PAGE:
2015-2016 Bible Challenge, devotionals, resources, Uncategorized

Eternal Peace (a meditation)

The wolf shall dwell with the lamb, and the leopard shall lie down with the young goat, and the calf and the lion and the fattened calf together; and a little child shall lead them. ~ Isaiah 11:6

We dream of peace in an unpeaceful world (at least we should). We know well that sense of lack of peace—not just personal times of turmoil, but global turmoil. Especially in an age when we can read about or hear about murders, persecutions, and terrorist attacks at home as well as the far reaches of the world in an instant with just the click of a few buttons. A lack of peace dominates global news.

Yet thousands of years ago the Bible prophesied of a King who would bring an end to violence, wars, and hate, and usher in an eternity of true peace.

Isaiah 11 is one of these prophecies. Isaiah spoke about one who would come from the line of King David. The Spirit will be upon this King, the fear of the Lord will be his delight, and he will judge in perfect righteousness. Under his rule, natural enemies will be at peace within each other’s presence.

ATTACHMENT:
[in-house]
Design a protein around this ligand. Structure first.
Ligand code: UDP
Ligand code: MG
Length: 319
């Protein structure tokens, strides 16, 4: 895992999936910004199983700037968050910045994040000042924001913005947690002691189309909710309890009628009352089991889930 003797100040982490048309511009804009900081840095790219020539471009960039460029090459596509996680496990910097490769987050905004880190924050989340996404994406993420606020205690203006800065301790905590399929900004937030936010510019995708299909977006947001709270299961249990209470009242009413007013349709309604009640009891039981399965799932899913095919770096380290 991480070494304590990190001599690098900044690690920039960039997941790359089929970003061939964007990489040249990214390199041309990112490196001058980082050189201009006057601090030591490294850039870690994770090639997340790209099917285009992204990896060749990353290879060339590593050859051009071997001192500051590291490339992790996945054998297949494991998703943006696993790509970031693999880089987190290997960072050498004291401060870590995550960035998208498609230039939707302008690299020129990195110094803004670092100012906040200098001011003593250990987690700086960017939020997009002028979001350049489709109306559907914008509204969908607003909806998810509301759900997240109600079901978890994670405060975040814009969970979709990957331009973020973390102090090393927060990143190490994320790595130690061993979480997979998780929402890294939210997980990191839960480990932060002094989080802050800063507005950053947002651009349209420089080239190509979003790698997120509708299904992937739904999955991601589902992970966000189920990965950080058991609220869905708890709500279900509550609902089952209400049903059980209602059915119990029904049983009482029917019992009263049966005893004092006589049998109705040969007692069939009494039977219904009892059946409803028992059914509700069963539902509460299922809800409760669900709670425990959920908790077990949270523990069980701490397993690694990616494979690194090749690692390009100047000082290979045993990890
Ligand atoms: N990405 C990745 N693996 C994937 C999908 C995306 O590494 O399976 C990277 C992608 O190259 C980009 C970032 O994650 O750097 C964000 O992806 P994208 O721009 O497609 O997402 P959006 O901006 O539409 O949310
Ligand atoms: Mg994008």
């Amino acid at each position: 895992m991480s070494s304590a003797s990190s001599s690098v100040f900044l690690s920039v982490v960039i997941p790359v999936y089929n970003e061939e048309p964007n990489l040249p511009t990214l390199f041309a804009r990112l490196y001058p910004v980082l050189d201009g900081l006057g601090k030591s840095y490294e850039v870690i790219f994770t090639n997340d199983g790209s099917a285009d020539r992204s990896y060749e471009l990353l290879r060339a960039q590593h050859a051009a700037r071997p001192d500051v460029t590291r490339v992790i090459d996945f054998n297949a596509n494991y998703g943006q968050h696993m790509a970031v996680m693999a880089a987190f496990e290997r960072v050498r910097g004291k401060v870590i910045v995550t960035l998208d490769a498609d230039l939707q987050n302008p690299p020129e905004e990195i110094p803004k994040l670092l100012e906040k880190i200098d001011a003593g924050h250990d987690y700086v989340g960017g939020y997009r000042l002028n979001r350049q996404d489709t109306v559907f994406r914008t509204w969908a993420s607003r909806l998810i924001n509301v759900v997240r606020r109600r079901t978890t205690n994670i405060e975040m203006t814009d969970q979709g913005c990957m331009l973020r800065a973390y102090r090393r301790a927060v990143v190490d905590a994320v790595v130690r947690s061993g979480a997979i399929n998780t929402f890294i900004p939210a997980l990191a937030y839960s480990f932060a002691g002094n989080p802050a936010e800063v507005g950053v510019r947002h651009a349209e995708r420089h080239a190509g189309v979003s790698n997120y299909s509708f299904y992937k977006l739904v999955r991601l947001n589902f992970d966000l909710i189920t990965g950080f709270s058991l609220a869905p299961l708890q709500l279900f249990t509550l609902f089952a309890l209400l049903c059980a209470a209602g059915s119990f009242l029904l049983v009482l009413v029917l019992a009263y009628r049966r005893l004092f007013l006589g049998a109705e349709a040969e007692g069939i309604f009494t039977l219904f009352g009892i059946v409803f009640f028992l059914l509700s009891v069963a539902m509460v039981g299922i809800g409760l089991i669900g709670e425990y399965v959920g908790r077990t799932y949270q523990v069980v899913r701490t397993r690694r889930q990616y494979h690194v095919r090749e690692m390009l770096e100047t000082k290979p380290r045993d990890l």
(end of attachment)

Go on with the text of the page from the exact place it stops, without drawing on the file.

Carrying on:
Isaiah 11:9 says, “They shall not hurt or destroy in all my holy mountain; for the earth shall be full of the knowledge of the Lord as the waters cover the sea.”

We know this prophecy points forward to Jesus’ eternal reign because part of it is repeated in Isaiah 65, where we read: “The wolf and the lamb shall graze together; the lion shall eat straw like the ox, and dust shall be the serpent’s food. They shall not hurt or destroy in all my holy mountain” (65:25, cf. 11:6, 9). That section of Isaiah 65 begins with the promise, “For behold, I create new heavens and a new earth, and the former things shall not be remembered or come into mind” (65:17). This calls us to think ahead to the glimpse of eternity in Revelation 21&22.

As perfect, eternal peace is coming, so Jesus says to us today: “Blessed are the peacemakers for they shall be called sons and daughters of God” (Matthew 5:9). The King calls his followers to mimic him in peacemaking. We strive for this as we seek to reconcile people to God and people with other people.

Will we see every attempt at this succeed? No, for sin will still corrupt and bring division, hatred, and war, until Jesus comes back. But that doesn’t give us an excuse to not try. Personal, familial, community, and global peacemaking should be our aim today as citizens of the kingdom of eternal peace.

This post is part of our ongoing journey through the Bible as a church.

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